House of Belonging
“You can never go home again, but the truth is you can never leave home, so it’s all right.” ~Maya Angelou
Settling into our new digs.
You know that “just right place” I mentioned? We’re not there.
That place turned out to be not so right after all. The owners (friends of family) contacted me the night before we were to move letting me know there was a strong possibility that the house was sold. The potential buyers were approved for their loan and want to move in by July.
The only real down side to that is we would have had oodles of space. I mapped out the floor plan and we allotted a spot for all of our stuff. After the disappointing news, I thought how crazy that was of me. Looking back on it, I’m actually glad I made a map because I realized how I would be even more heartbroken when it did sell, if it wasn’t us in a year or so. We’re just grateful the owners told us about the buyer before we actually moved in.
Thus we were back to Plan A, living with my parents.
On the plus side we’re saving some pennies (thanks Mom and Dad!!), we’re closer to work, we’re not dealing with crummy cell service (still crummy here, but not as), we have more time to find a “just right place”–for real this time, and we’re back in the house I grew up in. And I’ve always loved coming “home”.
Moving back after being away for 17 years presents some interesting lessons.
I moved in with my parents for a short time after my divorce, but I was rarely here. I wasn’t really a resident.
This is different.
When we would tell people where we were moving, half the time people reacted negatively… but I’ve learned that comes with every move. Opposition. And of course the reactions of people who grew up here are as varied as the people. Many who grow up in a small community often say, “I’ll never go back there.” I said it.
It’s all about perspective. Where you’ve been and what you take away from those places.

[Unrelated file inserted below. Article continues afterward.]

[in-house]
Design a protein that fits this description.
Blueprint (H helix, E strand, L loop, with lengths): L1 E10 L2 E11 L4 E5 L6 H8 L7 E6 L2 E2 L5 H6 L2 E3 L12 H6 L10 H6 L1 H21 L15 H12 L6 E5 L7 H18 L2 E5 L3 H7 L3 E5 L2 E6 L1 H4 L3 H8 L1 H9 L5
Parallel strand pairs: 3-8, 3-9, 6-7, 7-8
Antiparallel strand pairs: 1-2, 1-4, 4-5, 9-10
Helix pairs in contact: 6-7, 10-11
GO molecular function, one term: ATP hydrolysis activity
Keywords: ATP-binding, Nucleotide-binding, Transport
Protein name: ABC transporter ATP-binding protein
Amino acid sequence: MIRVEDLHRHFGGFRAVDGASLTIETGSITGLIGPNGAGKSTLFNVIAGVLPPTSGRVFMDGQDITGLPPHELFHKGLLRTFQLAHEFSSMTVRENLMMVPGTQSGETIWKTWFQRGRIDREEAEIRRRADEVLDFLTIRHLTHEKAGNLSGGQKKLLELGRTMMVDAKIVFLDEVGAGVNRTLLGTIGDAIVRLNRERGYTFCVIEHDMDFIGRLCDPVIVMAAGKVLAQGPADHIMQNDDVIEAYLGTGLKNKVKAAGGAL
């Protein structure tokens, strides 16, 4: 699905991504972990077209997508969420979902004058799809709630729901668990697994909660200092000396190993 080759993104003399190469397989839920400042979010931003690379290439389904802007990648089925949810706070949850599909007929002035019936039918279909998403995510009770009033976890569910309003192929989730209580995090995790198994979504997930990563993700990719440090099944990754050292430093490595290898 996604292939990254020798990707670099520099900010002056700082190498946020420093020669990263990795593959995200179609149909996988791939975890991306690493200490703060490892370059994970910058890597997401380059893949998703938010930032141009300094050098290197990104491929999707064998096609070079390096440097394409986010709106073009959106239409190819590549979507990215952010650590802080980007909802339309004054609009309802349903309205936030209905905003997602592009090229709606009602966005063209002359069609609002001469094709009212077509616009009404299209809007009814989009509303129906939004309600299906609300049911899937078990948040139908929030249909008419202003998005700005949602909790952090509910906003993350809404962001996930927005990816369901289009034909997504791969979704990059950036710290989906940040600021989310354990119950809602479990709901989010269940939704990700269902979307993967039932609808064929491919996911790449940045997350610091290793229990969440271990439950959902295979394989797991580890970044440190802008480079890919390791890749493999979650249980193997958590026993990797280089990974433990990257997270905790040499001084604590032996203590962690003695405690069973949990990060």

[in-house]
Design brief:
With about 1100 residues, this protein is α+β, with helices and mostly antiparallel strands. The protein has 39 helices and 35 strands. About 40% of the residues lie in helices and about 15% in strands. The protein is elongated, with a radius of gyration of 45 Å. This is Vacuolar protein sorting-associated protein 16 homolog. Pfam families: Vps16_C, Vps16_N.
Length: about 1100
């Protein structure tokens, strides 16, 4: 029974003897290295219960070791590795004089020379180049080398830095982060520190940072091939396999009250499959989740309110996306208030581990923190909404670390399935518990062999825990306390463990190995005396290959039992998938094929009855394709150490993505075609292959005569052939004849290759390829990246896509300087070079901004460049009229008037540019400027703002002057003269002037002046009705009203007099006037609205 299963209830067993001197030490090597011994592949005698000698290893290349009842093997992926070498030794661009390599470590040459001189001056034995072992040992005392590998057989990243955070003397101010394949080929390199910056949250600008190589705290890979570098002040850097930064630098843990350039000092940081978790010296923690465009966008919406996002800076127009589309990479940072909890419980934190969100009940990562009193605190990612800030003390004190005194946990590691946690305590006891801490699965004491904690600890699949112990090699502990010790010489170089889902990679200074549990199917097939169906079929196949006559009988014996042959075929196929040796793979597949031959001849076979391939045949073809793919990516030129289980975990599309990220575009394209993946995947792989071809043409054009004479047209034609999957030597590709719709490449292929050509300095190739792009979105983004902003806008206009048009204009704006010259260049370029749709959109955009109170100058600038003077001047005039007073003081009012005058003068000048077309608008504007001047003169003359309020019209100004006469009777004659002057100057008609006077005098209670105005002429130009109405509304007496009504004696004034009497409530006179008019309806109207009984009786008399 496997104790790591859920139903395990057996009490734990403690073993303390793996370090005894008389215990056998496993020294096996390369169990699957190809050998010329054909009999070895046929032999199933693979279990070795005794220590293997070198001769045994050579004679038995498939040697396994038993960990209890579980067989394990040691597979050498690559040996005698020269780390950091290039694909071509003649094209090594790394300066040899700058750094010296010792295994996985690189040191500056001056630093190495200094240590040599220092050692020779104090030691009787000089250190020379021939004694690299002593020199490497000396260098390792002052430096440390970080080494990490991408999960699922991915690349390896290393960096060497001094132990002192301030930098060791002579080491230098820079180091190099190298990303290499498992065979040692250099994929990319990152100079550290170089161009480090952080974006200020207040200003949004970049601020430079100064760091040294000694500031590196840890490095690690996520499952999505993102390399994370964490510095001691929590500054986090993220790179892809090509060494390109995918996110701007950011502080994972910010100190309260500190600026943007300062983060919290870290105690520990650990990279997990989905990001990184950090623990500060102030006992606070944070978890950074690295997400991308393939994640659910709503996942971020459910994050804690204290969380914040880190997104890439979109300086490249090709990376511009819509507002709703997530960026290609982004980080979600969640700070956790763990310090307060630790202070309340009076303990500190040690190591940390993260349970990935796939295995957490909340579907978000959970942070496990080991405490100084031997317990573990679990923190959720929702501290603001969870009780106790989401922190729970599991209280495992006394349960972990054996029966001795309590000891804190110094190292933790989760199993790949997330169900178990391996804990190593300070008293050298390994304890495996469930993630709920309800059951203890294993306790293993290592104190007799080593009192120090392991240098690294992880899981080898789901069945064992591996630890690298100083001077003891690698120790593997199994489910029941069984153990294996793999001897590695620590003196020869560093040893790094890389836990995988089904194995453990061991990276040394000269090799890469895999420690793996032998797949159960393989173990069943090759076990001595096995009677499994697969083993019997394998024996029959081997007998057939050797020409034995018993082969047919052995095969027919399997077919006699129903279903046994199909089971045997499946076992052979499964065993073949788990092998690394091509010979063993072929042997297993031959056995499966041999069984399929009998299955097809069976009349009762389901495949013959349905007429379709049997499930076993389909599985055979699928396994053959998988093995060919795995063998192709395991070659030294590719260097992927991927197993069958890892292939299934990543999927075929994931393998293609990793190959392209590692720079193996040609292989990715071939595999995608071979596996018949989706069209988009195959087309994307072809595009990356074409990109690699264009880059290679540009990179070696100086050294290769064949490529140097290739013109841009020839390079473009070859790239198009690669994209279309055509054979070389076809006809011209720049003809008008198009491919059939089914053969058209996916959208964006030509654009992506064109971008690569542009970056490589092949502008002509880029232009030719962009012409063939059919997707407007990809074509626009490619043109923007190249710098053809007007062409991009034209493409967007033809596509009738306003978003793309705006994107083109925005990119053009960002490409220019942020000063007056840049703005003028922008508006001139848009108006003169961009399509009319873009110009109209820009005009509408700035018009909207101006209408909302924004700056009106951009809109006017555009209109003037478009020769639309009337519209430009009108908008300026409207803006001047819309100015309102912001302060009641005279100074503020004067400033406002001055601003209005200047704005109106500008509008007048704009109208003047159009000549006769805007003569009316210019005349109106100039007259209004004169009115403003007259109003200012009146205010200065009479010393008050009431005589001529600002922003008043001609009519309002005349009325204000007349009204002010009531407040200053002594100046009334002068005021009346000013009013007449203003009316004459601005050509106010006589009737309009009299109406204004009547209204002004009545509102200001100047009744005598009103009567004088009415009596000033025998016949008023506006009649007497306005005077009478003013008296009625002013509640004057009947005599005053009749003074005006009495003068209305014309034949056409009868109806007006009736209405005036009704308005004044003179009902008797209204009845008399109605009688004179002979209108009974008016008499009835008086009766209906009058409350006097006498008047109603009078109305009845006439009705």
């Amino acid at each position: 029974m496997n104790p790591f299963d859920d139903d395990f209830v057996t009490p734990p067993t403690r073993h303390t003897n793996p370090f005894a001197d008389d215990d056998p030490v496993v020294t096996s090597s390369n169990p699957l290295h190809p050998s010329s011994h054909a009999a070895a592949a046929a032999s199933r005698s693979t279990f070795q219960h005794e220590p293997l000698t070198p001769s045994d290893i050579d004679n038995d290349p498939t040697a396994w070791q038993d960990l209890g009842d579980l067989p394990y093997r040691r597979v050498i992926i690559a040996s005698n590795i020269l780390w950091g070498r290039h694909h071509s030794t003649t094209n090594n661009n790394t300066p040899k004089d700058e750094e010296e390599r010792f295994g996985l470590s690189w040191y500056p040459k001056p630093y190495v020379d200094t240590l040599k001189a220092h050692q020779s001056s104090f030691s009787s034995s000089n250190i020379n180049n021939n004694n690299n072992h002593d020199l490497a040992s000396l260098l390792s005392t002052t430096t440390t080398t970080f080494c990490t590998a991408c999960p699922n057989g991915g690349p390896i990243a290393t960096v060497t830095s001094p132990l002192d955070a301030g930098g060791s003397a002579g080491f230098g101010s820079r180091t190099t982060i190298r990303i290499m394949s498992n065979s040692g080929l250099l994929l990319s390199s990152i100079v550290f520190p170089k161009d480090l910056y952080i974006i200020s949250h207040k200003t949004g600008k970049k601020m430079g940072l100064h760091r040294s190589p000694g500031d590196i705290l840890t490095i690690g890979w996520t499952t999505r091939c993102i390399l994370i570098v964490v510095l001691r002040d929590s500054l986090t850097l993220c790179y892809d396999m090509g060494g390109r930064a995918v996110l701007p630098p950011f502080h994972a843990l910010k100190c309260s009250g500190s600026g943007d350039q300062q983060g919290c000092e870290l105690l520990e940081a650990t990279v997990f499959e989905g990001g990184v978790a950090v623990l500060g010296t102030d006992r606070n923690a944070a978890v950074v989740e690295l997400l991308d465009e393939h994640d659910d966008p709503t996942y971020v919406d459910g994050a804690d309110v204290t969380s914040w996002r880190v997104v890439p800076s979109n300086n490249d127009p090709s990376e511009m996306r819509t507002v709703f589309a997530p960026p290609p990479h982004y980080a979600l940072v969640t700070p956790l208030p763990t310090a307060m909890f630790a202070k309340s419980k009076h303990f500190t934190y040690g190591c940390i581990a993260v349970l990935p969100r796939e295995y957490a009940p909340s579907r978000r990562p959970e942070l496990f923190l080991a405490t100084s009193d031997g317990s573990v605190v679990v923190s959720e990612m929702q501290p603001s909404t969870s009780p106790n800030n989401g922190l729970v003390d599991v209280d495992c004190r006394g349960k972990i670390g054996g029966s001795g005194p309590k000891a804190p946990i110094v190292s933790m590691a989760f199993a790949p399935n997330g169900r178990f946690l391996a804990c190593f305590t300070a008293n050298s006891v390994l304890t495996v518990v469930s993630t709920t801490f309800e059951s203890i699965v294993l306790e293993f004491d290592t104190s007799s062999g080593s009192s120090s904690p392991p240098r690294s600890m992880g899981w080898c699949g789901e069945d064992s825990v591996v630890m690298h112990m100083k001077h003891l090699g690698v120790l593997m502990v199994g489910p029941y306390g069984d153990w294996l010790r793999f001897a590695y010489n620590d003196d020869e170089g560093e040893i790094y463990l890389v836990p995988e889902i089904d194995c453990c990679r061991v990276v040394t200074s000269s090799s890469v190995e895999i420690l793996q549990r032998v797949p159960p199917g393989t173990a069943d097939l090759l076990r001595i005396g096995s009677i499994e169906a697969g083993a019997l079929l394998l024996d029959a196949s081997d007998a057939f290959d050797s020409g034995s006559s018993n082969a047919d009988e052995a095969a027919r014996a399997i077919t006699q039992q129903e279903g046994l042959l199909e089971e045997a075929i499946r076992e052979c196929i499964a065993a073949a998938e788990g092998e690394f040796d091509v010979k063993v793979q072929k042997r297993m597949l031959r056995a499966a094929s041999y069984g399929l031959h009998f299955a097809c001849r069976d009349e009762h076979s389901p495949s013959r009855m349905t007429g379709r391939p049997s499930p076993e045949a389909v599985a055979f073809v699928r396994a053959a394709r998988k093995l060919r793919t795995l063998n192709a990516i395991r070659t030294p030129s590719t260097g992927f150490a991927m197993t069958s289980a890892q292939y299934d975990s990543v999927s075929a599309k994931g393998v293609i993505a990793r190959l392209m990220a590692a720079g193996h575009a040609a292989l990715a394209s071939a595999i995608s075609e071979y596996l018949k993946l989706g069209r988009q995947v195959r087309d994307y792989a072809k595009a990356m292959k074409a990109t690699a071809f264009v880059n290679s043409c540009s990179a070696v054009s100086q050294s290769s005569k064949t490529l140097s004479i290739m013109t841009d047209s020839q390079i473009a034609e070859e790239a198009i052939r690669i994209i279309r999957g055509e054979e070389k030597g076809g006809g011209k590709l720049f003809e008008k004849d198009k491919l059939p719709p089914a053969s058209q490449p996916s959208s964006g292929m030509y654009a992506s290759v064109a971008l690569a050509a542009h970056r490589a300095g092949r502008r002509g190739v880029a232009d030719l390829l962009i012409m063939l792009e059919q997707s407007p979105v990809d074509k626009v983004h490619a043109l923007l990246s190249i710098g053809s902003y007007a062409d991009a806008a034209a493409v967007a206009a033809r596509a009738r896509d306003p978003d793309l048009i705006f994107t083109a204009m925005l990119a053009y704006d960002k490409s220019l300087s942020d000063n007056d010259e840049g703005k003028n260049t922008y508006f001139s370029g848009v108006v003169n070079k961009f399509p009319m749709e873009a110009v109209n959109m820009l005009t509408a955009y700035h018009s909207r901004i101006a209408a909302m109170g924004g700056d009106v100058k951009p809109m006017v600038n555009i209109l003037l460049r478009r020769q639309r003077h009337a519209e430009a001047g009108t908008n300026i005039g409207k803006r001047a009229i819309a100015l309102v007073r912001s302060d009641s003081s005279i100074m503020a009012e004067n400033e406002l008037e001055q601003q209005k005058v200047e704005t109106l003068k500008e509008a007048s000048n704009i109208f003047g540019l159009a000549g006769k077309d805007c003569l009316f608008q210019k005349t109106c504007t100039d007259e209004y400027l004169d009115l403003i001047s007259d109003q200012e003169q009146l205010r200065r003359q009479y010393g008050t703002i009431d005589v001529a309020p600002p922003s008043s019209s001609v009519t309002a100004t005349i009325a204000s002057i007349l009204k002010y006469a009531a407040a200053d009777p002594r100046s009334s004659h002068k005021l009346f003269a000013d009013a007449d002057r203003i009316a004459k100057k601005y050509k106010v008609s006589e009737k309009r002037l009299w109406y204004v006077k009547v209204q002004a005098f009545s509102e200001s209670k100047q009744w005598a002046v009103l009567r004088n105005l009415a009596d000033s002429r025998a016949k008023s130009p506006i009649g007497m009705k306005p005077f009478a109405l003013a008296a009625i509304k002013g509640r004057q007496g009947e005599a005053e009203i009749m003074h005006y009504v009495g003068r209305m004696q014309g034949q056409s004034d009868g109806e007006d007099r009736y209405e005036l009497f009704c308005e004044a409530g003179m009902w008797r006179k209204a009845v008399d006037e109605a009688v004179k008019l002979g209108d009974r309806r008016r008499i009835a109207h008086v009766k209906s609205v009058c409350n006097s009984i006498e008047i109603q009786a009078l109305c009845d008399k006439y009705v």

My current perspective on moving back to the Middle of Nowhere, UT stems from a memory full of happiness in my first 18 years here, from a new-found love for the people and the community because of my job, and because of the places I’ve been and the lessons learned from big city to small town life.
The surroundings are stirring up some of those old memories. And old habits. For 18 years I would jump of the back of the back porch to go to the back of the house. The other day I did that. Old habits are hard to break. When I jumped this time, I whacked my arm on a dryer vent that was added with a remodel of the kitchen/laundry area 4 years ago. I realized, then, that things aren’t where they used to be.
The best parts of living here are the beauty of the seemingly endless country like this…
which can be my daily view while eating my breakfast, listening to the myriad of song birds, sitting on this…
and the close-knit community that rallies around when a tragedy hits, like the farming accident that killed a very beloved high school teacher and coach.
We went to the funeral yesterday and the number in attendance was amazing, but the moment his favorite primary song was sung was the most moving moment I’ve ever experienced at a funeral. I have a greater appreciation for the Plan of Happiness and for this community and countryside.
Among other tributes being paid to him, tomorrow morning, the community is going to Coach Gardner’s family home to do yard work and maintenance–to fix it up for his wife and three kids.
I’m over my phase of “never living there again”, thanks to realizing–in this case–that I’m not in control of my life. Like that dryer vent that I whacked my arm on, I’m not in the place I used to be.
Now here’s that song from the funeral. It’s also been my favorite since I was in primary.